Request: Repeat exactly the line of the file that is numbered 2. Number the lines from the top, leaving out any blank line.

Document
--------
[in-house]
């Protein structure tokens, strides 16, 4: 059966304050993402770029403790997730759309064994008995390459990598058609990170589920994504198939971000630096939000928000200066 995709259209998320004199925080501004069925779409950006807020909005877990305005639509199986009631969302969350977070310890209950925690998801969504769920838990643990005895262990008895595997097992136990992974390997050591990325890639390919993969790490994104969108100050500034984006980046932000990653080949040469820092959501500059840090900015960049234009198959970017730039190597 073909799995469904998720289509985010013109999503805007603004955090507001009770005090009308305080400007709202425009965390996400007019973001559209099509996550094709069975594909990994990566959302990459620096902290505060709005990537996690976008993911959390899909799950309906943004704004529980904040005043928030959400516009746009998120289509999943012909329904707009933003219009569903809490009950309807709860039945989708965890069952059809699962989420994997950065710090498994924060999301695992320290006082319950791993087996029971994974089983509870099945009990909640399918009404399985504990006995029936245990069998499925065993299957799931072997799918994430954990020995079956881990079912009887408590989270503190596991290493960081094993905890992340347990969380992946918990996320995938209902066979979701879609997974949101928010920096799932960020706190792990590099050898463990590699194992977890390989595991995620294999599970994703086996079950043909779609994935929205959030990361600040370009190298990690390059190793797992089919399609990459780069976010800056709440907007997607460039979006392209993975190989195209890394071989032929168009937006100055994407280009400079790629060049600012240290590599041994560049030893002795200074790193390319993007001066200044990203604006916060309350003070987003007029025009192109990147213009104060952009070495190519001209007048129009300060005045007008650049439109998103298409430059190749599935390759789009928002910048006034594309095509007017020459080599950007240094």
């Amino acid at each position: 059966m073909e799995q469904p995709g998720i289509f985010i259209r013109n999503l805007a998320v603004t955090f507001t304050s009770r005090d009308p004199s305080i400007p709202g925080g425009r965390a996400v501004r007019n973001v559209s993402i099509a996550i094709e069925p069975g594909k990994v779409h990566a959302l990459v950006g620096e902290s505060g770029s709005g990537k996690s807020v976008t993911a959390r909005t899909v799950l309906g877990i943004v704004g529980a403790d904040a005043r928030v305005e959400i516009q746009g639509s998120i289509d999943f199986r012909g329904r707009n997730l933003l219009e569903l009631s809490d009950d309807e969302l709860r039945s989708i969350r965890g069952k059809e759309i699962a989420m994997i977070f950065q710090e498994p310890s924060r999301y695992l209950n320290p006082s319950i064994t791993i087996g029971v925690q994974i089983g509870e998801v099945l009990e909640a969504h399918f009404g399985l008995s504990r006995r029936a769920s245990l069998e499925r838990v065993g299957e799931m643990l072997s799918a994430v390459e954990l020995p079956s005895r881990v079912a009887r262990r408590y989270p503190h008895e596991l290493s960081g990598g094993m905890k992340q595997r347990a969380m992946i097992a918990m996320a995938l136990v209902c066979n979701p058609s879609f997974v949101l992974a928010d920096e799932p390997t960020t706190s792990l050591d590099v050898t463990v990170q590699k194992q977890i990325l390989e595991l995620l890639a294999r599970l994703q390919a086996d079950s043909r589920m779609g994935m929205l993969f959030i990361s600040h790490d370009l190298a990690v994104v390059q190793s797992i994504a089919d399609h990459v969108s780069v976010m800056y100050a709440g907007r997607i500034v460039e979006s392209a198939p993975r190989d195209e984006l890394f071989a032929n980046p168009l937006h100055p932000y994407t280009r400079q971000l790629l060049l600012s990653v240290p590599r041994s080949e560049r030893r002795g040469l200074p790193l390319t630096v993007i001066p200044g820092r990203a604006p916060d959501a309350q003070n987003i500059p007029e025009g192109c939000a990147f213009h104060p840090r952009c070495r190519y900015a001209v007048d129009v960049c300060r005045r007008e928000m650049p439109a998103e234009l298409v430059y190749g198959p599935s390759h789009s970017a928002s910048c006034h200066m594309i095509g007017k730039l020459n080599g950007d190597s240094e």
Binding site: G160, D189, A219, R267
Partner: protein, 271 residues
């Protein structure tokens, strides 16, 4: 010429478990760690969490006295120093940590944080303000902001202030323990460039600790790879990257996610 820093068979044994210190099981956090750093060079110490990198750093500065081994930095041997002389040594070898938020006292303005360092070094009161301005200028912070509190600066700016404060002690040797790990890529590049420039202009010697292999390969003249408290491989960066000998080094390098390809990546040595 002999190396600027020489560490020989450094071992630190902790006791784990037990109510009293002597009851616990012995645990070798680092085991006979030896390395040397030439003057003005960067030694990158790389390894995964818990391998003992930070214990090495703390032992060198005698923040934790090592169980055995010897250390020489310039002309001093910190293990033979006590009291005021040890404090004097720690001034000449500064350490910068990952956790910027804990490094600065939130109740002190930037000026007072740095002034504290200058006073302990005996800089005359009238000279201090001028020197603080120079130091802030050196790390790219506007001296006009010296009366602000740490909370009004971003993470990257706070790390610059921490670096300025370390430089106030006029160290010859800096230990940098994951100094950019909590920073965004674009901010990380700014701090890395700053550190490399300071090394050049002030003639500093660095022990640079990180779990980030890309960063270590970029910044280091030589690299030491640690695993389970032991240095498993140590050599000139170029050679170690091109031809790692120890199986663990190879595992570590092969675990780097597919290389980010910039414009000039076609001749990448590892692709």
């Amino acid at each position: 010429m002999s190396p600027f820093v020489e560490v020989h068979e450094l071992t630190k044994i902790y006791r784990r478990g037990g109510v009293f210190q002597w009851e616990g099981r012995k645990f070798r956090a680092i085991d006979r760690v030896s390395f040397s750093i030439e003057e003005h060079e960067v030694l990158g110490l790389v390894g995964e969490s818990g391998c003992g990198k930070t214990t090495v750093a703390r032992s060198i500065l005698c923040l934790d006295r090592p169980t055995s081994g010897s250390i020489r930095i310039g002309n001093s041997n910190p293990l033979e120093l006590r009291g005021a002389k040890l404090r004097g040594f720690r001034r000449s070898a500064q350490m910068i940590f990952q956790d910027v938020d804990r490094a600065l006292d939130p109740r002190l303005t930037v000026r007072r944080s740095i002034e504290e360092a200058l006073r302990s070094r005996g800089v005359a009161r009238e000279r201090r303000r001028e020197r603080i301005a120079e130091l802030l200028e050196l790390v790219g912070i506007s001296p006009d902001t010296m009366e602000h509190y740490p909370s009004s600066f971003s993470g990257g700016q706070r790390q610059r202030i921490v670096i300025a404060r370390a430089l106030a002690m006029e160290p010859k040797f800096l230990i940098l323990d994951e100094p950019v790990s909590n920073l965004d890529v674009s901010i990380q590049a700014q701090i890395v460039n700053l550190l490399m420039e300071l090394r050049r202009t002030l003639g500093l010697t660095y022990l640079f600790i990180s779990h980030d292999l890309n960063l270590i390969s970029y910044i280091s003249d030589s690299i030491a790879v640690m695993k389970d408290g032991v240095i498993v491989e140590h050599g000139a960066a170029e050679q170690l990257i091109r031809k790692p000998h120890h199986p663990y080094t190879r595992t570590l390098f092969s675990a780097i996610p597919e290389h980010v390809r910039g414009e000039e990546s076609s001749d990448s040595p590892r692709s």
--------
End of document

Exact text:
């Protein structure tokens, strides 16, 4: 059966304050993402770029403790997730759309064994008995390459990598058609990170589920994504198939971000630096939000928000200066 995709259209998320004199925080501004069925779409950006807020909005877990305005639509199986009631969302969350977070310890209950925690998801969504769920838990643990005895262990008895595997097992136990992974390997050591990325890639390919993969790490994104969108100050500034984006980046932000990653080949040469820092959501500059840090900015960049234009198959970017730039190597 073909799995469904998720289509985010013109999503805007603004955090507001009770005090009308305080400007709202425009965390996400007019973001559209099509996550094709069975594909990994990566959302990459620096902290505060709005990537996690976008993911959390899909799950309906943004704004529980904040005043928030959400516009746009998120289509999943012909329904707009933003219009569903809490009950309807709860039945989708965890069952059809699962989420994997950065710090498994924060999301695992320290006082319950791993087996029971994974089983509870099945009990909640399918009404399985504990006995029936245990069998499925065993299957799931072997799918994430954990020995079956881990079912009887408590989270503190596991290493960081094993905890992340347990969380992946918990996320995938209902066979979701879609997974949101928010920096799932960020706190792990590099050898463990590699194992977890390989595991995620294999599970994703086996079950043909779609994935929205959030990361600040370009190298990690390059190793797992089919399609990459780069976010800056709440907007997607460039979006392209993975190989195209890394071989032929168009937006100055994407280009400079790629060049600012240290590599041994560049030893002795200074790193390319993007001066200044990203604006916060309350003070987003007029025009192109990147213009104060952009070495190519001209007048129009300060005045007008650049439109998103298409430059190749599935390759789009928002910048006034594309095509007017020459080599950007240094």